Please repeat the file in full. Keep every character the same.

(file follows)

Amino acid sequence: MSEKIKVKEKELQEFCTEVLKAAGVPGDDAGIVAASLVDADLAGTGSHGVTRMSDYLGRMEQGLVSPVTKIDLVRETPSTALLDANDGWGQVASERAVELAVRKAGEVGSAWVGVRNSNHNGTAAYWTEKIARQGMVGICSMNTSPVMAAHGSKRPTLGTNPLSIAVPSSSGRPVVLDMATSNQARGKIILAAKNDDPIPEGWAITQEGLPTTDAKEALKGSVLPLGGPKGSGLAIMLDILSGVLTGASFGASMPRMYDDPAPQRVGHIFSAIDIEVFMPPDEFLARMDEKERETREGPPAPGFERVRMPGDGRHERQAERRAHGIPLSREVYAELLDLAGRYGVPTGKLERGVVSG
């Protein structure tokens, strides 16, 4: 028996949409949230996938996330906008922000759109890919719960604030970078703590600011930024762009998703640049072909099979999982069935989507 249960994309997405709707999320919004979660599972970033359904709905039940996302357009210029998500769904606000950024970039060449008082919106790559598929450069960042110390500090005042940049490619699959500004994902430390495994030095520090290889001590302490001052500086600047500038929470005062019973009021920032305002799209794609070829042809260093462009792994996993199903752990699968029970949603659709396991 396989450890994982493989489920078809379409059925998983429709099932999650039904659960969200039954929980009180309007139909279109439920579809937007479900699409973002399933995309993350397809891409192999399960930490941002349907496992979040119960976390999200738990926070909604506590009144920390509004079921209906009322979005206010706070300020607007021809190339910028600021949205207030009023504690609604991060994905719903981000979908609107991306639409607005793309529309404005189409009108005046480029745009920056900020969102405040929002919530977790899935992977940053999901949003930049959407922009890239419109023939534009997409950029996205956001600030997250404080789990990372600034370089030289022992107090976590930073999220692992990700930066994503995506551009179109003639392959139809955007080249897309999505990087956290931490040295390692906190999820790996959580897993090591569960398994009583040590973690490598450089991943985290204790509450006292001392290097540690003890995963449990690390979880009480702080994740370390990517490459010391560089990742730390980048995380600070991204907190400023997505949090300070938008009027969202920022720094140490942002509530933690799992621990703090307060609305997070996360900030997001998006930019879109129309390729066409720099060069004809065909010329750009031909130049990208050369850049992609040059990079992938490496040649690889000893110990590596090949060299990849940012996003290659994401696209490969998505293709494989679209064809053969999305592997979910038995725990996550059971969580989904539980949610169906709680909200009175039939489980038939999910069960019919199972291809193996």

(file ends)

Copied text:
Amino acid sequence: MSEKIKVKEKELQEFCTEVLKAAGVPGDDAGIVAASLVDADLAGTGSHGVTRMSDYLGRMEQGLVSPVTKIDLVRETPSTALLDANDGWGQVASERAVELAVRKAGEVGSAWVGVRNSNHNGTAAYWTEKIARQGMVGICSMNTSPVMAAHGSKRPTLGTNPLSIAVPSSSGRPVVLDMATSNQARGKIILAAKNDDPIPEGWAITQEGLPTTDAKEALKGSVLPLGGPKGSGLAIMLDILSGVLTGASFGASMPRMYDDPAPQRVGHIFSAIDIEVFMPPDEFLARMDEKERETREGPPAPGFERVRMPGDGRHERQAERRAHGIPLSREVYAELLDLAGRYGVPTGKLERGVVSG
């Protein structure tokens, strides 16, 4: 028996949409949230996938996330906008922000759109890919719960604030970078703590600011930024762009998703640049072909099979999982069935989507 249960994309997405709707999320919004979660599972970033359904709905039940996302357009210029998500769904606000950024970039060449008082919106790559598929450069960042110390500090005042940049490619699959500004994902430390495994030095520090290889001590302490001052500086600047500038929470005062019973009021920032305002799209794609070829042809260093462009792994996993199903752990699968029970949603659709396991 396989450890994982493989489920078809379409059925998983429709099932999650039904659960969200039954929980009180309007139909279109439920579809937007479900699409973002399933995309993350397809891409192999399960930490941002349907496992979040119960976390999200738990926070909604506590009144920390509004079921209906009322979005206010706070300020607007021809190339910028600021949205207030009023504690609604991060994905719903981000979908609107991306639409607005793309529309404005189409009108005046480029745009920056900020969102405040929002919530977790899935992977940053999901949003930049959407922009890239419109023939534009997409950029996205956001600030997250404080789990990372600034370089030289022992107090976590930073999220692992990700930066994503995506551009179109003639392959139809955007080249897309999505990087956290931490040295390692906190999820790996959580897993090591569960398994009583040590973690490598450089991943985290204790509450006292001392290097540690003890995963449990690390979880009480702080994740370390990517490459010391560089990742730390980048995380600070991204907190400023997505949090300070938008009027969202920022720094140490942002509530933690799992621990703090307060609305997070996360900030997001998006930019879109129309390729066409720099060069004809065909010329750009031909130049990208050369850049992609040059990079992938490496040649690889000893110990590596090949060299990849940012996003290659994401696209490969998505293709494989679209064809053969999305592997979910038995725990996550059971969580989904539980949610169906709680909200009175039939489980038939999910069960019919199972291809193996």